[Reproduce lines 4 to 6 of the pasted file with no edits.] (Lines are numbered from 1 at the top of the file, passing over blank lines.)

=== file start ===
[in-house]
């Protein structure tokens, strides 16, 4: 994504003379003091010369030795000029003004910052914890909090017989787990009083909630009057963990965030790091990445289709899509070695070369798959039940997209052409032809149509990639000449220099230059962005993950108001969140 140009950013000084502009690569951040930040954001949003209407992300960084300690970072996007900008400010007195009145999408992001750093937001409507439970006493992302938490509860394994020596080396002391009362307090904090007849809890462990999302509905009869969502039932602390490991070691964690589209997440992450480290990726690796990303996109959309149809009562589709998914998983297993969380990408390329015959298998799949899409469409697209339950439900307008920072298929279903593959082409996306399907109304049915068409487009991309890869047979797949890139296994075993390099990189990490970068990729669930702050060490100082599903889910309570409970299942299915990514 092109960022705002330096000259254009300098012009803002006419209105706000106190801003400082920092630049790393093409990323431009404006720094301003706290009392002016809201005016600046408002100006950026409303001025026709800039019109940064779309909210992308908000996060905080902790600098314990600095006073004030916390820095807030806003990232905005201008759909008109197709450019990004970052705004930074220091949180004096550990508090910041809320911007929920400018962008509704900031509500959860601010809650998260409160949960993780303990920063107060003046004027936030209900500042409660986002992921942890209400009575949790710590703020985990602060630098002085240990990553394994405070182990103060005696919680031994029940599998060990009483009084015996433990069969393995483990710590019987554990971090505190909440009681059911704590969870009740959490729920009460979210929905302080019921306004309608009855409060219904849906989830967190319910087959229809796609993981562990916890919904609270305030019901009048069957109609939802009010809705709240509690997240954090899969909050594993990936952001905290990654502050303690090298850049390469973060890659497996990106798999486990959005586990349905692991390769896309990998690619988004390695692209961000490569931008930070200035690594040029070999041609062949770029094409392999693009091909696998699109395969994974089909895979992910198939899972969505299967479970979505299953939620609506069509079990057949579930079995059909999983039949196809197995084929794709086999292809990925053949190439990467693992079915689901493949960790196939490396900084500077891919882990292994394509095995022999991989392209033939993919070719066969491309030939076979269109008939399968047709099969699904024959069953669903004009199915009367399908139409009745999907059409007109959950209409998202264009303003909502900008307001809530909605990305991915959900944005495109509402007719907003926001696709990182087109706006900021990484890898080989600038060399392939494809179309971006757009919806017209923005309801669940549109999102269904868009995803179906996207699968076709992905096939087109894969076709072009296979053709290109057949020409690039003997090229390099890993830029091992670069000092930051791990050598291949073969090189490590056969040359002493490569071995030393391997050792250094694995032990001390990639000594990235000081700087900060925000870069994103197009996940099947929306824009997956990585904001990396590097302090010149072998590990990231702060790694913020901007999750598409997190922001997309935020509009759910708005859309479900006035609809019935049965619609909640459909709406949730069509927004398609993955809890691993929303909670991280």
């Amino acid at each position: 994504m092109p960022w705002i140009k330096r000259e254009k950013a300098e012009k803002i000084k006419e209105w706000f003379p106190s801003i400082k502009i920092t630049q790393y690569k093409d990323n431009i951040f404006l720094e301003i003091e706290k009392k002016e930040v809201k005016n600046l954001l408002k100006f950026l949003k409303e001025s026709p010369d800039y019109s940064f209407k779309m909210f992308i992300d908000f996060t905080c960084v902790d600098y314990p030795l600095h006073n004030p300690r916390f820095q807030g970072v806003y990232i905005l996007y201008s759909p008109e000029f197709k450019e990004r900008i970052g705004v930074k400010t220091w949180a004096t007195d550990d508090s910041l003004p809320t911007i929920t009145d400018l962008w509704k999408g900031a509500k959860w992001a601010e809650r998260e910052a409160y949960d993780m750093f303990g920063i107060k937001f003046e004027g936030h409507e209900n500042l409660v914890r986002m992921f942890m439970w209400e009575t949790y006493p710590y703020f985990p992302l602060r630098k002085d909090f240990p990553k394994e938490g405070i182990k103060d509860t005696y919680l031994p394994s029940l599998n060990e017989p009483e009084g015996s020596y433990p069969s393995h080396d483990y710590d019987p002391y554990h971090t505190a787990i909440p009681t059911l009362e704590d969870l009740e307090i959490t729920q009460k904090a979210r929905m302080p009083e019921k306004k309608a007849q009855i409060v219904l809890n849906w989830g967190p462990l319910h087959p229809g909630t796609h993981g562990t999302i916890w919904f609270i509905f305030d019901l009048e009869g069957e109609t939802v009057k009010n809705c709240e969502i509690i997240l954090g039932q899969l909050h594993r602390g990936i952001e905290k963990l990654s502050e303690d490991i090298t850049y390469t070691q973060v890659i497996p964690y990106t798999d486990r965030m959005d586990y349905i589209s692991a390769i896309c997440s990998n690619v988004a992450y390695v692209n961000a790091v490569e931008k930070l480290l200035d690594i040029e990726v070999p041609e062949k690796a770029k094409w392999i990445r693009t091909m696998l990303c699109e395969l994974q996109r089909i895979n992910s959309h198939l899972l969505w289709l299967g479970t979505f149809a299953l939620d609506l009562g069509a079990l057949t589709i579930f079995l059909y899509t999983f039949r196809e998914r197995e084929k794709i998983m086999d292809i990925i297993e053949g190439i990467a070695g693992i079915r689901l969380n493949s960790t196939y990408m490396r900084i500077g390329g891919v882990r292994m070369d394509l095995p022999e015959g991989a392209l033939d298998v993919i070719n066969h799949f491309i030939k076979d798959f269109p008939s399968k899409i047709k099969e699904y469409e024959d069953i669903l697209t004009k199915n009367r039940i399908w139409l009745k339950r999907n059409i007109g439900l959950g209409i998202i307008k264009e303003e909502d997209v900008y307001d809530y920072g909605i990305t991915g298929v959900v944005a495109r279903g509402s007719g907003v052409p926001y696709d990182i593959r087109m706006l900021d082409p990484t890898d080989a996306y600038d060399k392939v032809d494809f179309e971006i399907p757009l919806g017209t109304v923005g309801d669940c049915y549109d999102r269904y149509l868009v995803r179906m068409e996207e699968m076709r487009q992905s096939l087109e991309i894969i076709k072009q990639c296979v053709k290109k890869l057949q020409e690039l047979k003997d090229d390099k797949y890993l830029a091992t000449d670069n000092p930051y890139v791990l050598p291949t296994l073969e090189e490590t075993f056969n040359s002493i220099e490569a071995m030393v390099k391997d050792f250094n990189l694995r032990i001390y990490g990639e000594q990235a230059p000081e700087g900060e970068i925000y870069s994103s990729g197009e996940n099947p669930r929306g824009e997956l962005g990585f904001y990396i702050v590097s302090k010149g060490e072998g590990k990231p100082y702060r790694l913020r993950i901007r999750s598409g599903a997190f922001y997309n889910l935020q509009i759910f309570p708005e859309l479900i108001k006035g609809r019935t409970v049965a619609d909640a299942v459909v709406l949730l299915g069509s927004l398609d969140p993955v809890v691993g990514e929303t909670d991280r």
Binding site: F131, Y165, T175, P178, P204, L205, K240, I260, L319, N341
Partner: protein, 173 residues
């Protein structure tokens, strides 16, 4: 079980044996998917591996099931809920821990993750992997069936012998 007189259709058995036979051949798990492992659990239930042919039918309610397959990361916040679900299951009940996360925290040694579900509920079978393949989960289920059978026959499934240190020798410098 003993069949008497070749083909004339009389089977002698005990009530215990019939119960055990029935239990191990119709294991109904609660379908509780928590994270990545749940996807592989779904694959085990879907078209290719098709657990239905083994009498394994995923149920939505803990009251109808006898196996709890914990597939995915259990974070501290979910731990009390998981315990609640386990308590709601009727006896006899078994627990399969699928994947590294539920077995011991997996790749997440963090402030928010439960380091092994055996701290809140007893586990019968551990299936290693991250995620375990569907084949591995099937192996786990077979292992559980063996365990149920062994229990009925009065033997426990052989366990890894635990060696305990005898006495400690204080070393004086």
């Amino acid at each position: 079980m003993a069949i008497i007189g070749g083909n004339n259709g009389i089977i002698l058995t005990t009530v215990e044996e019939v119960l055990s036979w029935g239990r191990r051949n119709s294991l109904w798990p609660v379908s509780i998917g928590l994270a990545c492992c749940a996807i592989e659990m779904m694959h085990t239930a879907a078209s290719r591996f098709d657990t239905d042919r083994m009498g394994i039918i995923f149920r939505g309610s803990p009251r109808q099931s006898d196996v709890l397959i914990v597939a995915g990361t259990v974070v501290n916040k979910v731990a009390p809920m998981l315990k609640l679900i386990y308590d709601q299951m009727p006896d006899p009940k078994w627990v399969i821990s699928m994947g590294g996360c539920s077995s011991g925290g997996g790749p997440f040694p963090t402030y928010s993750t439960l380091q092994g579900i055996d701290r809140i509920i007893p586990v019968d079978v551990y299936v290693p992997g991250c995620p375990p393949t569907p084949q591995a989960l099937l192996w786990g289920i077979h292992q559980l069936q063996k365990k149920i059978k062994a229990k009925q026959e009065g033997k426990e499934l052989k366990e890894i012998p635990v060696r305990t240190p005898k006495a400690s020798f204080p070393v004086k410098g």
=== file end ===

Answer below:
Binding site: F131, Y165, T175, P178, P204, L205, K240, I260, L319, N341
Partner: protein, 173 residues
């Protein structure tokens, strides 16, 4: 079980044996998917591996099931809920821990993750992997069936012998 007189259709058995036979051949798990492992659990239930042919039918309610397959990361916040679900299951009940996360925290040694579900509920079978393949989960289920059978026959499934240190020798410098 003993069949008497070749083909004339009389089977002698005990009530215990019939119960055990029935239990191990119709294991109904609660379908509780928590994270990545749940996807592989779904694959085990879907078209290719098709657990239905083994009498394994995923149920939505803990009251109808006898196996709890914990597939995915259990974070501290979910731990009390998981315990609640386990308590709601009727006896006899078994627990399969699928994947590294539920077995011991997996790749997440963090402030928010439960380091092994055996701290809140007893586990019968551990299936290693991250995620375990569907084949591995099937192996786990077979292992559980063996365990149920062994229990009925009065033997426990052989366990890894635990060696305990005898006495400690204080070393004086």